Zhang Xiaogang, 2007 - Big Family, 2007, oil on canvas. 36 7/10 × 51 3/5 inches (93.3 × 131 cm). Beijing Commune, Beijing, China.
Zhang Xiaogang, Bloodline Series: Family Portrait, Comrades, 2005, oil on canvas. 47 1/5 × 59 1/10 inches (120 × 150 cm). Ben Brown Fine Arts, London, UK.
Zhang Xiaogang, Big Family - 2008, 2008, silkscreen print, edition of 58. Beijing Commune, Beijing, China.
Zhang Xiaogang, Businessman, Student, Soldier, Farmer, Worker, 2008, cast copper. Various sizes. Pace Gallery, New York, New York, USA.
Zhang Xiaogang, Bloodline — Big Family No. 2, 1996, oil on canvas. Asian Art Archive, Hong Kong, China.
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Presented by
Asian Art Archive
Hong Kong, China
www.aaa.org.hk

AAA was initiated in 2000 in response to the urgent need to document and secure the multiple recent histories of contemporary art in the region. With an international Board of Directors, an Advisory Board made up of noted curators and critics, and research posts in the region, AAA has collated one of the most valuable collections of material on contemporary art in the region. Built of 85% donated material, the collection now holds over 50,000 records, comprised of hundreds of thousands of physical and digital items, and it continues to grow.

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Zhang Xiaogang, 2007 - Big Family, 2007, oil on canvas. 36 7/10 × 51 3/5 inches (93.3 × 131 cm). Beijing Commune, Beijing, China.
Zhang Xiaogang, Bloodline Series: Family Portrait, Comrades, 2005, oil on canvas. 47 1/5 × 59 1/10 inches (120 × 150 cm). Ben Brown Fine Arts, London, UK.
Zhang Xiaogang, Big Family - 2008, 2008, silkscreen print, edition of 58. Beijing Commune, Beijing, China.
Zhang Xiaogang, Businessman, Student, Soldier, Farmer, Worker, 2008, cast copper. Various sizes. Pace Gallery, New York, New York, USA.
Zhang Xiaogang, Bloodline — Big Family No. 2, 1996, oil on canvas. Asian Art Archive, Hong Kong, China.

Zhang Xiaogang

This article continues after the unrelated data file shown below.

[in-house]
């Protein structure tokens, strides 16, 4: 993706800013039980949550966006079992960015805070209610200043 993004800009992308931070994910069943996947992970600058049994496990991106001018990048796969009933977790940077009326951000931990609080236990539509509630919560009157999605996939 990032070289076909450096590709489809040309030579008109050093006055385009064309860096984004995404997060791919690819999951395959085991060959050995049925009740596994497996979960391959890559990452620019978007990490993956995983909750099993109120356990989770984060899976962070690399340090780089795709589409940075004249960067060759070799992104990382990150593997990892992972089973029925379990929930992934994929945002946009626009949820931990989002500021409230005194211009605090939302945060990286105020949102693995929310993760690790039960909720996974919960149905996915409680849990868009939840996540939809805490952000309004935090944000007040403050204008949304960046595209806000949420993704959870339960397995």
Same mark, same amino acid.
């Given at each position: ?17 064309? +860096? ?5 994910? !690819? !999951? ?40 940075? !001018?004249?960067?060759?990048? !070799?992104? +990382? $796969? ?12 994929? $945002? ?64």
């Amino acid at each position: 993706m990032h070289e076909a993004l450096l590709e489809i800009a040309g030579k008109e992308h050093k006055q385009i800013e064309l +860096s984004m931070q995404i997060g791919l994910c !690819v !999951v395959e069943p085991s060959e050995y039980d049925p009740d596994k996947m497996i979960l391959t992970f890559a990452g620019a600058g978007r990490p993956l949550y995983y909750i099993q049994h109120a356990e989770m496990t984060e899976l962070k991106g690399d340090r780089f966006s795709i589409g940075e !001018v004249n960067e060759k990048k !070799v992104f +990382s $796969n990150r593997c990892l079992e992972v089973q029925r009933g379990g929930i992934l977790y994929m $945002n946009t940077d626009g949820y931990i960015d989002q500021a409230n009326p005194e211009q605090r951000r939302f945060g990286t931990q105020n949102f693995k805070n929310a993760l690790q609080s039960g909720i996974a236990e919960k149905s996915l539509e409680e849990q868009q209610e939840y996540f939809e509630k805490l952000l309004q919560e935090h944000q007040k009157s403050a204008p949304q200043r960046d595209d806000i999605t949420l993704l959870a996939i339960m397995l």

Bloodlines: The Big Family

 

Relying on memory to recreate a highly personal version of his country’s history, Zhang Xiaogang makes art that is as much about himself as it is about China’s past. The grim imaginary families in his Bloodlines: The Big Family paintings of the 1990s and his 2005–06 series of grisaille portraits in oil reveal countless narratives about the aspirations and failures of the Cultural Revolution as well as Zhang’s own emotions. Like the blank visages of the individuals in these paintings, Zhang’s brass and concrete sculptures of figures, as well as implements used for recording history (such as fountain pens, notebooks, and light bulbs, all 2009), appear compressed and distorted by memory, age, and some unknown force.

Presented by
Asian Art Archive
Hong Kong, China
www.aaa.org.hk

AAA was initiated in 2000 in response to the urgent need to document and secure the multiple recent histories of contemporary art in the region. With an international Board of Directors, an Advisory Board made up of noted curators and critics, and research posts in the region, AAA has collated one of the most valuable collections of material on contemporary art in the region. Built of 85% donated material, the collection now holds over 50,000 records, comprised of hundreds of thousands of physical and digital items, and it continues to grow.

Powered by logo-AAA

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